One Shot Too Many, (2011)

This piece was originally written in 2011

With only 17 years between our ages, my mother has always been my best friend, whether I like it or not. Focused on her nurturing craft as a nurse and dedicated to her nurturing nature as a mother, she has always been the ideal, beautiful woman worth envying. Her seemingly flawless life was scarred on August 20, 2005 when she was shot. That life changing bullet went in through her arm and exited out of her back, striking her spinal column in the process. She was the last person anyone expected to be caught in a shooting and she was the absolute last person to get help; she remained bleeding her life away on a sidewalk, as everyone watched in shock. In her words, blood leaving her body felt like her entire soul draining out of her. The burning sensation of the bullet made her want to exhale and give up on the concrete. Then she thought about me. She thought about how without her, I have no one, and that was enough for her to hold on and hold out until paramedics finally showed. People say that my mother was in the wrong place at the wrong time. I believe that I said the wrong words at the wrong moment…

I blame myself entirely for the danger my mother was in that night. I was a selfish teenager who wanted the house to myself and this woman completely out of the door. I helped her shop, I found her shoes, I persuaded my mother to go to the club for once, despite going with a crowd she was not familiar with, and to just get out of my hair. Her reluctance was overpowered by my urgency. I disregarded her fear and boosted her confidence with my persistence.

I’ve never regretted anything in life. Until then.

Waking up on the “wrong side of the bed” is incomparable to waking up to the news that your mother is dead. Then finding out later she’s alive, yet so close to death, that all you want to do is die, is horrific. Internal bleeding. Partial paralyzation. Physical therapy. Within 24 hours, my mother’s life became overwhelmingly different. I went from feeling like her Siamese twin to feeling like a complete stranger: I had no idea who this almost lifeless woman was laying on a hospital bed. I spent the entire beginning of my freshman year of high school reconnecting with my mother in ways we could never imagine. I became her rock and our roles naturally switched. I felt obligated to help with her physical recovery while she nourished my emotions and helped me emotionally recover from unnecessary guilt.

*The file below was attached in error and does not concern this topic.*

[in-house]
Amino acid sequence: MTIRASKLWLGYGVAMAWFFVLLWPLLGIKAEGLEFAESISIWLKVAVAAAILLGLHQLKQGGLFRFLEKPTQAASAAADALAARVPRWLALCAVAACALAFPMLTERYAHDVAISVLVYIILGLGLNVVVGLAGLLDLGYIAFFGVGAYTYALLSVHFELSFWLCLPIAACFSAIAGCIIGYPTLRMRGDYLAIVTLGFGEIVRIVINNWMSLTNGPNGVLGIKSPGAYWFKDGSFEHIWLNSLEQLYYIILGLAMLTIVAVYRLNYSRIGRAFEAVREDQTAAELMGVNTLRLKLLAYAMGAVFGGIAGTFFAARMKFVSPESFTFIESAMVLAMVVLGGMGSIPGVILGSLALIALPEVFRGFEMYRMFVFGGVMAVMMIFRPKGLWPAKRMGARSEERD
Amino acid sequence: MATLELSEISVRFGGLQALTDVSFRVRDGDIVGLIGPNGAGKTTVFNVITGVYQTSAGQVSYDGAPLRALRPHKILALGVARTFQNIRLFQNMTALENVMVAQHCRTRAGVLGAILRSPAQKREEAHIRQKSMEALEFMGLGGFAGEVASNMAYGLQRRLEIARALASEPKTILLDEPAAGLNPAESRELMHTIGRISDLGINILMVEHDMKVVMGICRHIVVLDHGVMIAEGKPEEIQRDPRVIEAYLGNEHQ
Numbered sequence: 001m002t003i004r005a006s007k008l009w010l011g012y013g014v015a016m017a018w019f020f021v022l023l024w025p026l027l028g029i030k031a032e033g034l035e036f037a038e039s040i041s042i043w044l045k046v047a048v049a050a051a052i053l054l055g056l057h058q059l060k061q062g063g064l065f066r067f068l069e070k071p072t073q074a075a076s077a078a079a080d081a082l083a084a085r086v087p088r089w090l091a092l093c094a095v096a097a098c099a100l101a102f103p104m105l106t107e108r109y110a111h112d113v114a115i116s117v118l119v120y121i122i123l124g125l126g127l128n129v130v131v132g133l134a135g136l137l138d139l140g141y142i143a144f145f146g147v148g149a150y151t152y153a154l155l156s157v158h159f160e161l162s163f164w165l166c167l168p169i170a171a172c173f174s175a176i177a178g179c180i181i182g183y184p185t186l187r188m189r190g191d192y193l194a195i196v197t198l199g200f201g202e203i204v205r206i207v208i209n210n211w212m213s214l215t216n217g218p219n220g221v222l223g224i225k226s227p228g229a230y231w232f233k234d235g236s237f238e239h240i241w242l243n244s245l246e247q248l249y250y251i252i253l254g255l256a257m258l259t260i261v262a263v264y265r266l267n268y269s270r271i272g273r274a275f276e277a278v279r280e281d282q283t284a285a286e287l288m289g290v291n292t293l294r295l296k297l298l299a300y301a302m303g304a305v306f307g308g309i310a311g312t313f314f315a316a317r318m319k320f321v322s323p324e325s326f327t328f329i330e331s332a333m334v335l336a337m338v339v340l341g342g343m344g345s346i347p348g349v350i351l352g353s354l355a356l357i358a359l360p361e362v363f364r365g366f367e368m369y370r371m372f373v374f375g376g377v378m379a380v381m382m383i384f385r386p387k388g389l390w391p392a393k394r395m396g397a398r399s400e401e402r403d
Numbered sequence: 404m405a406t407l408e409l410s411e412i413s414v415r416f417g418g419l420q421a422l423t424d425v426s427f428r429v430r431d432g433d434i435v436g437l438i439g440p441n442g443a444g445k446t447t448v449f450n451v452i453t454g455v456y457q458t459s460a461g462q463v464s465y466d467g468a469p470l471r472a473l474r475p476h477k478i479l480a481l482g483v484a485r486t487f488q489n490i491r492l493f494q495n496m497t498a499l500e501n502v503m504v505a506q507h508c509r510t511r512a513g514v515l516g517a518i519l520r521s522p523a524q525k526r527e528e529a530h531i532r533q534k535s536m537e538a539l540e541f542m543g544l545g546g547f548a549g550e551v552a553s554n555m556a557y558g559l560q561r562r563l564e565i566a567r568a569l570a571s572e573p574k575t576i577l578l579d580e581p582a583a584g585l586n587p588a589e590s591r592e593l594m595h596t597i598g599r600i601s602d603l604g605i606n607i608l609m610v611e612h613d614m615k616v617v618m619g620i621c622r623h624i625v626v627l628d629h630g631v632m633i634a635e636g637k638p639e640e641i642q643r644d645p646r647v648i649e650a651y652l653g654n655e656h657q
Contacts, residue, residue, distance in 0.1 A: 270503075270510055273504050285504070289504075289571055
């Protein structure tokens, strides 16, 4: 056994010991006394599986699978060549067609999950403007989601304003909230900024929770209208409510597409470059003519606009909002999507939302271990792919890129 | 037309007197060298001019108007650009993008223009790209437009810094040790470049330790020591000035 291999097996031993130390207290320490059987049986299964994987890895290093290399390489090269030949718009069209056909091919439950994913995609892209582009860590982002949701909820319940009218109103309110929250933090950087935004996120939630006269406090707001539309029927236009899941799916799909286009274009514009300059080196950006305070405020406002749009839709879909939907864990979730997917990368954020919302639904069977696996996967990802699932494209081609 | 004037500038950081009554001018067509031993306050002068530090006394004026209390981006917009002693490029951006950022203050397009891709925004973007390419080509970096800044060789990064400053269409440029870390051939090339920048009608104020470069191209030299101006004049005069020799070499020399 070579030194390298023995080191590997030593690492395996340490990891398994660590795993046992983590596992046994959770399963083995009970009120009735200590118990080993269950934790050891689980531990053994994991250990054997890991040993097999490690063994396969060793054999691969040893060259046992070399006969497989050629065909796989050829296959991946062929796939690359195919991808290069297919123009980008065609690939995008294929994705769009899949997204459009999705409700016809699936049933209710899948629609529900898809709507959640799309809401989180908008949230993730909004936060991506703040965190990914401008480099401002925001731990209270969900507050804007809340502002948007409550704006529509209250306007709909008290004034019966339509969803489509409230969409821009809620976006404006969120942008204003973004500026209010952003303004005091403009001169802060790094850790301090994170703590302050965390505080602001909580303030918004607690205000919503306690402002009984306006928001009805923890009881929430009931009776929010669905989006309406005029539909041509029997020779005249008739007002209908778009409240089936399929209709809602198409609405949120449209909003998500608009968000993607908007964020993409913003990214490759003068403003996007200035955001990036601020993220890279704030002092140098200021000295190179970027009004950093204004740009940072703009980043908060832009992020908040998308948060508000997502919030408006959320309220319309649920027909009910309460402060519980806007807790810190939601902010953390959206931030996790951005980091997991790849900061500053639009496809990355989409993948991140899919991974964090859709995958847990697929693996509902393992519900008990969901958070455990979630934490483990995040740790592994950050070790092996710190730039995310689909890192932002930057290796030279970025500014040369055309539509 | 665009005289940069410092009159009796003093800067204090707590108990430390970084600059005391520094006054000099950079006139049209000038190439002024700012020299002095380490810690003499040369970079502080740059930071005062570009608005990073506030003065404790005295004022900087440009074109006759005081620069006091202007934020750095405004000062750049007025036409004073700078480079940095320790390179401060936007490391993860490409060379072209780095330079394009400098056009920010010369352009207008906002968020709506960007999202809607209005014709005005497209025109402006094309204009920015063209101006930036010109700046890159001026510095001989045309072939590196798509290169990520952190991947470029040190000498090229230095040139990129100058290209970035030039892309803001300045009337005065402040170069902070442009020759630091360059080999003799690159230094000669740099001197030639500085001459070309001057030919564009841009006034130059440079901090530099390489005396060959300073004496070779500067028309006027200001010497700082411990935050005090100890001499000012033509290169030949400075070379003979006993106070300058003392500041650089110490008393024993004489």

Since then, my mother has fully recovered. However, anytime her back is exposed, and I see her scar from her bullet wound, I cringe. I just want to go back in time and hold her. Tell her that I love her and that I would rather have spent time with her that night. Unfortunately, the hands on a clock move forward, not backward.

That night has caused me to appreciate my mother more than I ever have in my life. Whether she is leaving for the grocery store or going on a mini-vacation, I give her a big hug, a kiss on the cheek, and tell her that I love her more than anything.

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